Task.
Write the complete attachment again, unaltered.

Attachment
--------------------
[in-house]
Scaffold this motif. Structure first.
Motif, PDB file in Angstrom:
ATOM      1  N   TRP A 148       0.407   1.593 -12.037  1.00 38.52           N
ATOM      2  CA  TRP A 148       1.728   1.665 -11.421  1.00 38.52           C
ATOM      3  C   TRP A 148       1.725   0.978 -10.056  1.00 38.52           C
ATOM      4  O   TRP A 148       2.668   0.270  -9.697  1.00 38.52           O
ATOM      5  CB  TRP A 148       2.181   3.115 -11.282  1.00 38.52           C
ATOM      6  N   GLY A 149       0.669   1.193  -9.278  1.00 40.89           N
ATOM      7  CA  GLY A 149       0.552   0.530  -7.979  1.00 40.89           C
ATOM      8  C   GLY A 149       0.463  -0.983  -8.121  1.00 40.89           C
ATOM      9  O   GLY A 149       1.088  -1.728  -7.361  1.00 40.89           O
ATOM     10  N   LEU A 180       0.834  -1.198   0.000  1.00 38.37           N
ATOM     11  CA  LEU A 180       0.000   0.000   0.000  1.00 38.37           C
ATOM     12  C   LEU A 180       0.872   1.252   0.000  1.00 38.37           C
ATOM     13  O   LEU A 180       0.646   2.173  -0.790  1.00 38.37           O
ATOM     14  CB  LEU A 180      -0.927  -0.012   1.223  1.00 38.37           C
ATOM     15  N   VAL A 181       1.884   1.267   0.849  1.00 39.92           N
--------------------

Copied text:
[in-house]
Scaffold this motif. Structure first.
Motif, PDB file in Angstrom:
ATOM      1  N   TRP A 148       0.407   1.593 -12.037  1.00 38.52           N
ATOM      2  CA  TRP A 148       1.728   1.665 -11.421  1.00 38.52           C
ATOM      3  C   TRP A 148       1.725   0.978 -10.056  1.00 38.52           C
ATOM      4  O   TRP A 148       2.668   0.270  -9.697  1.00 38.52           O
ATOM      5  CB  TRP A 148       2.181   3.115 -11.282  1.00 38.52           C
ATOM      6  N   GLY A 149       0.669   1.193  -9.278  1.00 40.89           N
ATOM      7  CA  GLY A 149       0.552   0.530  -7.979  1.00 40.89           C
ATOM      8  C   GLY A 149       0.463  -0.983  -8.121  1.00 40.89           C
ATOM      9  O   GLY A 149       1.088  -1.728  -7.361  1.00 40.89           O
ATOM     10  N   LEU A 180       0.834  -1.198   0.000  1.00 38.37           N
ATOM     11  CA  LEU A 180       0.000   0.000   0.000  1.00 38.37           C
ATOM     12  C   LEU A 180       0.872   1.252   0.000  1.00 38.37           C
ATOM     13  O   LEU A 180       0.646   2.173  -0.790  1.00 38.37           O
ATOM     14  CB  LEU A 180      -0.927  -0.012   1.223  1.00 38.37           C
ATOM     15  N   VAL A 181       1.884   1.267   0.849  1.00 39.92           N